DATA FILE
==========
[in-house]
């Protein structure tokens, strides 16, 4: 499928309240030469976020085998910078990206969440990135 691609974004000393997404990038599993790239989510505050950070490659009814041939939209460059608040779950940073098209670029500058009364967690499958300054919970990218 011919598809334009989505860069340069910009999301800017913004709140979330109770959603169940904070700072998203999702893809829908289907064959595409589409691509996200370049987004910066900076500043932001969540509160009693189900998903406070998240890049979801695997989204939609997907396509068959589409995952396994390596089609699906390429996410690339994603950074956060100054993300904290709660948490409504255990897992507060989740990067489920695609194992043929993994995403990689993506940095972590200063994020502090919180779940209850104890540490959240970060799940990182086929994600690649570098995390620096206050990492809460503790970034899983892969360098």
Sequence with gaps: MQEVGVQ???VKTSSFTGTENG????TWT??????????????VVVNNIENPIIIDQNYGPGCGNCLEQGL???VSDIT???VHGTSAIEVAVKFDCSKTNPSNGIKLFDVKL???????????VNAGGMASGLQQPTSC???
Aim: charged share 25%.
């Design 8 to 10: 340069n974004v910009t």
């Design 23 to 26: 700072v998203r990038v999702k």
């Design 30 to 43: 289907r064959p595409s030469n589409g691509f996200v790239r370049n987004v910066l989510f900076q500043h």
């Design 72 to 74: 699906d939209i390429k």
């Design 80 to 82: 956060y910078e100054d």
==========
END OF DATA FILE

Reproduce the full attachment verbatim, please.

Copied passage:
[in-house]
């Protein structure tokens, strides 16, 4: 499928309240030469976020085998910078990206969440990135 691609974004000393997404990038599993790239989510505050950070490659009814041939939209460059608040779950940073098209670029500058009364967690499958300054919970990218 011919598809334009989505860069340069910009999301800017913004709140979330109770959603169940904070700072998203999702893809829908289907064959595409589409691509996200370049987004910066900076500043932001969540509160009693189900998903406070998240890049979801695997989204939609997907396509068959589409995952396994390596089609699906390429996410690339994603950074956060100054993300904290709660948490409504255990897992507060989740990067489920695609194992043929993994995403990689993506940095972590200063994020502090919180779940209850104890540490959240970060799940990182086929994600690649570098995390620096206050990492809460503790970034899983892969360098």
Sequence with gaps: MQEVGVQ???VKTSSFTGTENG????TWT??????????????VVVNNIENPIIIDQNYGPGCGNCLEQGL???VSDIT???VHGTSAIEVAVKFDCSKTNPSNGIKLFDVKL???????????VNAGGMASGLQQPTSC???
Aim: charged share 25%.
């Design 8 to 10: 340069n974004v910009t």
């Design 23 to 26: 700072v998203r990038v999702k």
């Design 30 to 43: 289907r064959p595409s030469n589409g691509f996200v790239r370049n987004v910066l989510f900076q500043h």
């Design 72 to 74: 699906d939209i390429k």
């Design 80 to 82: 956060y910078e100054d």